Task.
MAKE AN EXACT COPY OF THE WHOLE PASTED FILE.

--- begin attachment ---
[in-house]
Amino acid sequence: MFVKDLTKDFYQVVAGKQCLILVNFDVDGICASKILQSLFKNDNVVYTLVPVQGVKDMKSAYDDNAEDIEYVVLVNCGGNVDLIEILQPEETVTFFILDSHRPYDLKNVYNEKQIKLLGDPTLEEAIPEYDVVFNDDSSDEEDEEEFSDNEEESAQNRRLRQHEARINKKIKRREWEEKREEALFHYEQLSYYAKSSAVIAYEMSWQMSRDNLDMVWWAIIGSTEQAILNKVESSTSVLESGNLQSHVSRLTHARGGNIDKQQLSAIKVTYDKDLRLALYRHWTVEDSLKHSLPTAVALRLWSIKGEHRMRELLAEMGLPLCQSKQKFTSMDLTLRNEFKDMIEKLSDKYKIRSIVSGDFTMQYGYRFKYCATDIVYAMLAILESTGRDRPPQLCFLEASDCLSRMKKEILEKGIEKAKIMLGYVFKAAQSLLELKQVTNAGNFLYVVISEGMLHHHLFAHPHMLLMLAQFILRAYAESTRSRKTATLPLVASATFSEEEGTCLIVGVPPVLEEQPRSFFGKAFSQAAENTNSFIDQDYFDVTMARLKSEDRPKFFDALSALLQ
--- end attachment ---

[in-house]
Amino acid sequence: MFVKDLTKDFYQVVAGKQCLILVNFDVDGICASKILQSLFKNDNVVYTLVPVQGVKDMKSAYDDNAEDIEYVVLVNCGGNVDLIEILQPEETVTFFILDSHRPYDLKNVYNEKQIKLLGDPTLEEAIPEYDVVFNDDSSDEEDEEEFSDNEEESAQNRRLRQHEARINKKIKRREWEEKREEALFHYEQLSYYAKSSAVIAYEMSWQMSRDNLDMVWWAIIGSTEQAILNKVESSTSVLESGNLQSHVSRLTHARGGNIDKQQLSAIKVTYDKDLRLALYRHWTVEDSLKHSLPTAVALRLWSIKGEHRMRELLAEMGLPLCQSKQKFTSMDLTLRNEFKDMIEKLSDKYKIRSIVSGDFTMQYGYRFKYCATDIVYAMLAILESTGRDRPPQLCFLEASDCLSRMKKEILEKGIEKAKIMLGYVFKAAQSLLELKQVTNAGNFLYVVISEGMLHHHLFAHPHMLLMLAQFILRAYAESTRSRKTATLPLVASATFSEEEGTCLIVGVPPVLEEQPRSFFGKAFSQAAENTNSFIDQDYFDVTMARLKSEDRPKFFDALSALLQ